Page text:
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In a 2009 interview with The Guardian, a British newspaper, playwright Joe DiPietro remarked that his recent play about the sexual habits of gay men contained “no actual shenanigans” on stage.

Leave it to Buffalo United Artists, a frequent producer of risqué and progressive gay theater in which full frontal male nudity is standard practice, to sidestep that idea.

In “F------ Men,” the title of which is an intentionally crude double-entendre designed to excite DiPietro’s intended audience and compel buttoned-up theatergoers to steer clear, those shenanigans are practically omnipresent. And while there really is no “actual” activity of the sort the play’s various hormone-driven characters constantly engage in, this large cast assembled by director and BUA founder Javier Bustillos does its best to convince you otherwise.

Which is to say: Leave your imagination at home with the kids, because BUA’s hilarious, intermissionless production doesn’t leave much for it to do. And that’s just the way Bustillos and company have designed it.

DiPietro’s play is not just skin-deep. This, after all, is the author of “I Love You, You’re Perfect, Now Change,” one of the longest running off-Broadway shows in history and a sensitive exploration of the romantic peaks and valleys that couples of all kinds experience. (A production of that show will open in the Kavinoky Theatre on June 14.)

For all its playful and shameless titillation, the play is a clever if not exactly boundary-breaking consideration of the ways in which gay men from a cross-section of American society connect to one another. It is based on the late-19th century play “La Ronde” by Arthur Schnitzler, a heterosexual exploration of precisely the same questions.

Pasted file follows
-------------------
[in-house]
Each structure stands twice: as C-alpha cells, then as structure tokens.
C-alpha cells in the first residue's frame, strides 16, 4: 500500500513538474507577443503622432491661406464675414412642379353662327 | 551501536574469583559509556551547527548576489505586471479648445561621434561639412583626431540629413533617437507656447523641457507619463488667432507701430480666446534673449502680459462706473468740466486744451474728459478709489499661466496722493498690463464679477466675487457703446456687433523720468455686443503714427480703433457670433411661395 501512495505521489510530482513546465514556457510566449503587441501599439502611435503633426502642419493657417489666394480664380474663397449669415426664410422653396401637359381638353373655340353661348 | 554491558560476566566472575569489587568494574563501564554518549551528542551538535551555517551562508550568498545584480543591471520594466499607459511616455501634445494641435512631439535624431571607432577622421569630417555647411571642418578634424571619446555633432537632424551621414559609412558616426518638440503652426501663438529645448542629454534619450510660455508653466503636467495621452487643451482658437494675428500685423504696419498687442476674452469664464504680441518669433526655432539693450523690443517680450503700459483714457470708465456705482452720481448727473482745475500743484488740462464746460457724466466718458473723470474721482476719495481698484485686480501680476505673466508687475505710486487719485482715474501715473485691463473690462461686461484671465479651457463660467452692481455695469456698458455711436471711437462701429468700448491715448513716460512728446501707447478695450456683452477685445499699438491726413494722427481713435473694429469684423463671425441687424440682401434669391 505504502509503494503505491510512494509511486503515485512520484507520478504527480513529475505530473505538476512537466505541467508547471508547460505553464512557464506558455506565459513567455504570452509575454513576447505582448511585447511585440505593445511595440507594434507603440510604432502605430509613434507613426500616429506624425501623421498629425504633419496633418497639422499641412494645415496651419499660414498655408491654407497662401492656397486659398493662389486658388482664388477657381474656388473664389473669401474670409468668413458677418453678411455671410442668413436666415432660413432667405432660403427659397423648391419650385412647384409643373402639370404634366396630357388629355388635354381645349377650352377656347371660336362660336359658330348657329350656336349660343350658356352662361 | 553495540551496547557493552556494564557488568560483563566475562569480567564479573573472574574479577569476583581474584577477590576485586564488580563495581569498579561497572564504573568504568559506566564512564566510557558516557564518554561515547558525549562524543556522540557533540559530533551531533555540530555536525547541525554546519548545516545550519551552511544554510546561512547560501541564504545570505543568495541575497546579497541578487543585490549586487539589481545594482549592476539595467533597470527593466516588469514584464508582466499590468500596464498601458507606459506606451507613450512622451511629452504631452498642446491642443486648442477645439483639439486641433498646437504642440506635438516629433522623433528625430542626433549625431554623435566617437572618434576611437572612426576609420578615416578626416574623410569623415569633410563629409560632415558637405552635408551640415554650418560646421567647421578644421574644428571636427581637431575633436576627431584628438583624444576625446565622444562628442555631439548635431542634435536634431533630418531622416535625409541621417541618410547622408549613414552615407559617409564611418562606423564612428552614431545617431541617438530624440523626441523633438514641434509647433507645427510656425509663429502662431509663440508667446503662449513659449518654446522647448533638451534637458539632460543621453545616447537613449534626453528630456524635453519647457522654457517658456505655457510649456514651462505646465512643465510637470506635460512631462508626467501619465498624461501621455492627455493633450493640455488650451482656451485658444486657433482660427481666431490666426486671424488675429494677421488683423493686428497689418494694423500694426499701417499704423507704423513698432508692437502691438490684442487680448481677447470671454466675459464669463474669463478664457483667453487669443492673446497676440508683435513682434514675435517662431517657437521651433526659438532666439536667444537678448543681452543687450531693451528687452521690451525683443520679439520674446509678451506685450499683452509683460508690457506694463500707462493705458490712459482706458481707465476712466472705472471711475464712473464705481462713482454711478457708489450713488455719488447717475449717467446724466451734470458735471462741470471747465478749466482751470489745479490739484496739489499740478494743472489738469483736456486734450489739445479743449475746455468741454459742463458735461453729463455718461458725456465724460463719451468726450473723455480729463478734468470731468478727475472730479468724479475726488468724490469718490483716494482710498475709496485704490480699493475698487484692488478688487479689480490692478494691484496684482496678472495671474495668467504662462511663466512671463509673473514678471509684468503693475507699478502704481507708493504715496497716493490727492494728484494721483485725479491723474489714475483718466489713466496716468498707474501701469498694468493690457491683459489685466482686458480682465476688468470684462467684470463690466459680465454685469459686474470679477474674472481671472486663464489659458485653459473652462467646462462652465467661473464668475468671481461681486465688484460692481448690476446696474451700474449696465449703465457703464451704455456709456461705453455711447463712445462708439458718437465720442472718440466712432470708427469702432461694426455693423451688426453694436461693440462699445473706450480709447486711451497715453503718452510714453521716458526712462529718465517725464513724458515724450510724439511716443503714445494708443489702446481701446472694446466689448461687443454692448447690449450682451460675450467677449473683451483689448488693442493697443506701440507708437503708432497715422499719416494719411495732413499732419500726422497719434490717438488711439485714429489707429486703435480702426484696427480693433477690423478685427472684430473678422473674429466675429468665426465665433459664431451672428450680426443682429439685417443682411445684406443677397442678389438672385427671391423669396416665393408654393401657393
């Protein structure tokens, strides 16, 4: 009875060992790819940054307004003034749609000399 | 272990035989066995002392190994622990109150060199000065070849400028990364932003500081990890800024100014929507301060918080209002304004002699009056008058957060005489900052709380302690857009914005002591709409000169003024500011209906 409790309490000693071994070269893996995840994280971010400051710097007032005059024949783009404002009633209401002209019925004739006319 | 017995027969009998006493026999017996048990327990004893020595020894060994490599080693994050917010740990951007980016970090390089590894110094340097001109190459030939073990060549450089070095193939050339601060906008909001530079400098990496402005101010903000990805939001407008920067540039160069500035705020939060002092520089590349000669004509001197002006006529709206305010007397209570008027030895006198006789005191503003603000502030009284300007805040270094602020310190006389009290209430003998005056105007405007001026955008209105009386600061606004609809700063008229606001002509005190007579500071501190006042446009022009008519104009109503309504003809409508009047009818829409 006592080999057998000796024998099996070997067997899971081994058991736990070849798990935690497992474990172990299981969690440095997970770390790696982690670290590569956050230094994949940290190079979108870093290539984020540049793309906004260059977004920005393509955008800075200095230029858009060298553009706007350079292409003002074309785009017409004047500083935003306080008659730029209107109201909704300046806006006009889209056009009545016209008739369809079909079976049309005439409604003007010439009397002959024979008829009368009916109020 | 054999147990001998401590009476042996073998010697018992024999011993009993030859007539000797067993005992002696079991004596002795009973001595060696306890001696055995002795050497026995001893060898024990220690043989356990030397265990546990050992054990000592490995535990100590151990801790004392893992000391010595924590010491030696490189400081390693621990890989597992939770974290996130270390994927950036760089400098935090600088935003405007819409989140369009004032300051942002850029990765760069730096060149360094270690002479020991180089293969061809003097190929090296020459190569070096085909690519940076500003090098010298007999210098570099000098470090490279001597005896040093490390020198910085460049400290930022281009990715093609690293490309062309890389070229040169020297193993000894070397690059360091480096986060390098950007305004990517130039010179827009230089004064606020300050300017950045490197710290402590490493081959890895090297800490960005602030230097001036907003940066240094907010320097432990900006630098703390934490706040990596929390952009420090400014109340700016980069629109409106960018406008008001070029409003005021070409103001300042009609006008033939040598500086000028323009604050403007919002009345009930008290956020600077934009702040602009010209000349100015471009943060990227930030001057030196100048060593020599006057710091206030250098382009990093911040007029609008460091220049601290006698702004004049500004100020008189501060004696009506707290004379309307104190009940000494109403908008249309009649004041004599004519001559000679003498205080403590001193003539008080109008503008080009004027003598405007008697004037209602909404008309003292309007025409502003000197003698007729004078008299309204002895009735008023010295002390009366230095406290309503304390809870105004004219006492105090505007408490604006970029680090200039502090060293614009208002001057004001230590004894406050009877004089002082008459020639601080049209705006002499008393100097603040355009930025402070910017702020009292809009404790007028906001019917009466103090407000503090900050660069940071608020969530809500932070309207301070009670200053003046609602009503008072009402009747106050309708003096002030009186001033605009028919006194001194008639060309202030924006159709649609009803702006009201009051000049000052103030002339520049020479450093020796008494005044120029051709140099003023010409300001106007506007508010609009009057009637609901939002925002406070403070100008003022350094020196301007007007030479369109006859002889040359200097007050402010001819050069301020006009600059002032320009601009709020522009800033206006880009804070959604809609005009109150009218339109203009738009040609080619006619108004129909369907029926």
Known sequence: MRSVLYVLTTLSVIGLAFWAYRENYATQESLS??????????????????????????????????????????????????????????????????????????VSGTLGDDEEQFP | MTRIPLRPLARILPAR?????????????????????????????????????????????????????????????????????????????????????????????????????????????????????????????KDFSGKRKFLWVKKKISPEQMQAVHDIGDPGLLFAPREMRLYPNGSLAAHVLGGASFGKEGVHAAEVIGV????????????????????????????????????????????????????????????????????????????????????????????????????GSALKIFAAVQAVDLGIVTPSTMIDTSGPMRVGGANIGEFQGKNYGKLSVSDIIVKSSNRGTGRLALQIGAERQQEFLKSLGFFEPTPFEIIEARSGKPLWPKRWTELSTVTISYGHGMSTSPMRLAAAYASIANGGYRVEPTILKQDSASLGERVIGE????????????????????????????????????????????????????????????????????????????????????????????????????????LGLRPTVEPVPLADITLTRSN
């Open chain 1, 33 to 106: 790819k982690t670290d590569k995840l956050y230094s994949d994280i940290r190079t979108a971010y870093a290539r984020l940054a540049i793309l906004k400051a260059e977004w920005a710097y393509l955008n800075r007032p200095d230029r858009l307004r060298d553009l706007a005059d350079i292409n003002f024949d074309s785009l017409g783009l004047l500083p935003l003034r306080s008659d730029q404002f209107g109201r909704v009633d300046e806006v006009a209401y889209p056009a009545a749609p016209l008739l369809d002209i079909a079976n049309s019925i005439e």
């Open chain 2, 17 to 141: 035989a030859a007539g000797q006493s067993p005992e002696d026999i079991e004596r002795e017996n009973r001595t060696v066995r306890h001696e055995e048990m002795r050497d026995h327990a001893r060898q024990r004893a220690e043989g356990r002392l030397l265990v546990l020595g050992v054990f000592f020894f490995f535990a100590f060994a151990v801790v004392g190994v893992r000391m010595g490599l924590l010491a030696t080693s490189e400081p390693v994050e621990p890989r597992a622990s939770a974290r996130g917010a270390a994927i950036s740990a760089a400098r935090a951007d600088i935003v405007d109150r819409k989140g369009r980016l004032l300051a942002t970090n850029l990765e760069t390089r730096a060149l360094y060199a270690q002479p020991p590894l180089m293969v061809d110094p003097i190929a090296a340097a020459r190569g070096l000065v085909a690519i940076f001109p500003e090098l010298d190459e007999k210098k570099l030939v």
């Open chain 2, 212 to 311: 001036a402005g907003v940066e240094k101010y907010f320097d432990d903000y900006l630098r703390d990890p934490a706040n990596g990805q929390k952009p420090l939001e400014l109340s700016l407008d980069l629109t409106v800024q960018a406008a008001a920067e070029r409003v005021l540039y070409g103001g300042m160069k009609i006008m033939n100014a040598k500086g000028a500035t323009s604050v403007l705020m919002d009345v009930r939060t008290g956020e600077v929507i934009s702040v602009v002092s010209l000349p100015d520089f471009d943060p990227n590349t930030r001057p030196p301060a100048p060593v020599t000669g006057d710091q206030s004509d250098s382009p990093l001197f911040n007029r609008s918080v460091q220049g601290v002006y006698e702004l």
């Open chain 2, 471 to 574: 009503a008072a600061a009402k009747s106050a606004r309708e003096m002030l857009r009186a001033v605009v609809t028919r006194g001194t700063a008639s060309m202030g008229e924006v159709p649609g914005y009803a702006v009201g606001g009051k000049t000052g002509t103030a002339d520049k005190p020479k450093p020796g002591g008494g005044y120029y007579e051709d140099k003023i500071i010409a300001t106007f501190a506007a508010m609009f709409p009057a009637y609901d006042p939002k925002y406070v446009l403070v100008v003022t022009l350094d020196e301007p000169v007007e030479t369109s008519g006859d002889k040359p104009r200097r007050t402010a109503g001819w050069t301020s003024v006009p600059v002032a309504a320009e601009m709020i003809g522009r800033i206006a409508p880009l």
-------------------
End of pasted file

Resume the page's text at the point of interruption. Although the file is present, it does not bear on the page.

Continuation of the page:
The piece, in its clever borrowed structure and suitably snappy dialogue, covers familiar territory for BUA’s target audience. The perpetual topic for many of these genre pieces is the constant tug-of-war between promiscuity and monogamy and characters’ attempts to find a place for themselves somewhere in the uncomfortable territory between.

The characters are quickly sketched archetypes – the closeted actor (Michael Seitz), the horny college kid (Steven Brachmann), the husband who messes around (Brant Adamczyk), the husband who can’t bring himself to mess around (Joey Bucheker), etc. – and their simplicity serves the simple conceit of this play well.

It’s divided up into a dozen or so vignettes, each one linked to the next by some interstitial hanky-panky.

We first meet the young escort John (Jimi Konidis) and the soldier Steve (James Wild), who spend five illicit minutes in a public park. We flash forward to Steve spending five illicit minutes in a gym sauna with the young grad student Marco (James Mikula). Then Marco meets Kyle; Kyle meets Leo (Bucheker); Leo argues with his husband Jack (Adamczyk); and Jack screws around with a porn star (J.R. Finan).

Along the way, the young playwright Sammy (played by young playwright Matthew Crehan Higgins, clearly a stand-in for DiPietro) hooks up – in an actual closet – with closeted screen star Brandon, who he drives to come out of the closet on the national television show hosted by his fellow closeted friend Donald (Richard Fanning).

The performances in this show are all over the map quality-wise, but DiPietro’s largely playful material withstands the sometimes rough treatment it receives.

Things come full-circle in a satisfying way, although no one seems to truly resolve the issues that vex them.

DiPietro, clever playwright that he is, spares us from contrived epiphanies that lesser talents might have tossed in as morality lessons to wrap the piece up in a neat little package.

There are no epic realizations, no tidy solutions, no soul-shattering lessons in “F------ Men.” But there don’t need to be. The play succeeds merely by living up to its title.

review

3 stars (Out of four)

What: “F------ Men”

When: Through Feb. 23

Where: Buffalo United Artists Theatre, 119 Chippewa St.

Tickets: $15 to $25

Info: 886-9239 or www.buffalobua.org.

email: cdabkowski@buffnews.com